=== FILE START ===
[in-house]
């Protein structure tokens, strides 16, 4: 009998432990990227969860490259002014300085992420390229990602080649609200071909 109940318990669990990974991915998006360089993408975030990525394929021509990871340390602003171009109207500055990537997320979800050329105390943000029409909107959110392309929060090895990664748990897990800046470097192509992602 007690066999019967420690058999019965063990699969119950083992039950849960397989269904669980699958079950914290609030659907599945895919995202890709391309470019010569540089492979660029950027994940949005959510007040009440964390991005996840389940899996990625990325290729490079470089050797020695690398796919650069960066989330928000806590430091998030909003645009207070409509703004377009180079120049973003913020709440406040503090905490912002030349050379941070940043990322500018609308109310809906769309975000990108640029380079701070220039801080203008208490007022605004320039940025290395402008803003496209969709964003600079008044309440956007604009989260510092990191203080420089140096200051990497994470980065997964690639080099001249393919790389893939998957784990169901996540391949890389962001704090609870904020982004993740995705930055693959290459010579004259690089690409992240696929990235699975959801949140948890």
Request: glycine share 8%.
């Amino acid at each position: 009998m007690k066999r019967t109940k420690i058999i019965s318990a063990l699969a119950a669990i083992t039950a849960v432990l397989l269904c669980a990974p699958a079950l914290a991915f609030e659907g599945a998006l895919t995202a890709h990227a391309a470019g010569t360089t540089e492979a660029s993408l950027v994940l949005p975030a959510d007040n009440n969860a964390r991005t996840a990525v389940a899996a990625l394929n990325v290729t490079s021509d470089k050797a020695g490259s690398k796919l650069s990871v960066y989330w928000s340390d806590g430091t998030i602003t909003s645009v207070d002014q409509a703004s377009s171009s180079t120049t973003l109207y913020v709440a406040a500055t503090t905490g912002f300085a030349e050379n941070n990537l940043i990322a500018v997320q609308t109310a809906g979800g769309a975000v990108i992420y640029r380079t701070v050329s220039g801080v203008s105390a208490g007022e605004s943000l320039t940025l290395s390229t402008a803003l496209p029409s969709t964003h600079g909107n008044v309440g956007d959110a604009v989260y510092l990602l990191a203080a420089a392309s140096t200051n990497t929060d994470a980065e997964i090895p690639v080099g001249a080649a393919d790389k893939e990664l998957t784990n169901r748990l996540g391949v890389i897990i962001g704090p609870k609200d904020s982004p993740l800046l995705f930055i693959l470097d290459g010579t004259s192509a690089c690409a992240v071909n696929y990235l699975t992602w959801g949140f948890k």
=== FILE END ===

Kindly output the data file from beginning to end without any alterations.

[in-house]
């Protein structure tokens, strides 16, 4: 009998432990990227969860490259002014300085992420390229990602080649609200071909 109940318990669990990974991915998006360089993408975030990525394929021509990871340390602003171009109207500055990537997320979800050329105390943000029409909107959110392309929060090895990664748990897990800046470097192509992602 007690066999019967420690058999019965063990699969119950083992039950849960397989269904669980699958079950914290609030659907599945895919995202890709391309470019010569540089492979660029950027994940949005959510007040009440964390991005996840389940899996990625990325290729490079470089050797020695690398796919650069960066989330928000806590430091998030909003645009207070409509703004377009180079120049973003913020709440406040503090905490912002030349050379941070940043990322500018609308109310809906769309975000990108640029380079701070220039801080203008208490007022605004320039940025290395402008803003496209969709964003600079008044309440956007604009989260510092990191203080420089140096200051990497994470980065997964690639080099001249393919790389893939998957784990169901996540391949890389962001704090609870904020982004993740995705930055693959290459010579004259690089690409992240696929990235699975959801949140948890």
Request: glycine share 8%.
């Amino acid at each position: 009998m007690k066999r019967t109940k420690i058999i019965s318990a063990l699969a119950a669990i083992t039950a849960v432990l397989l269904c669980a990974p699958a079950l914290a991915f609030e659907g599945a998006l895919t995202a890709h990227a391309a470019g010569t360089t540089e492979a660029s993408l950027v994940l949005p975030a959510d007040n009440n969860a964390r991005t996840a990525v389940a899996a990625l394929n990325v290729t490079s021509d470089k050797a020695g490259s690398k796919l650069s990871v960066y989330w928000s340390d806590g430091t998030i602003t909003s645009v207070d002014q409509a703004s377009s171009s180079t120049t973003l109207y913020v709440a406040a500055t503090t905490g912002f300085a030349e050379n941070n990537l940043i990322a500018v997320q609308t109310a809906g979800g769309a975000v990108i992420y640029r380079t701070v050329s220039g801080v203008s105390a208490g007022e605004s943000l320039t940025l290395s390229t402008a803003l496209p029409s969709t964003h600079g909107n008044v309440g956007d959110a604009v989260y510092l990602l990191a203080a420089a392309s140096t200051n990497t929060d994470a980065e997964i090895p690639v080099g001249a080649a393919d790389k893939e990664l998957t784990n169901r748990l996540g391949v890389i897990i962001g704090p609870k609200d904020s982004p993740l800046l995705f930055i693959l470097d290459g010579t004259s192509a690089c690409a992240v071909n696929y990235l699975t992602w959801g949140f948890k």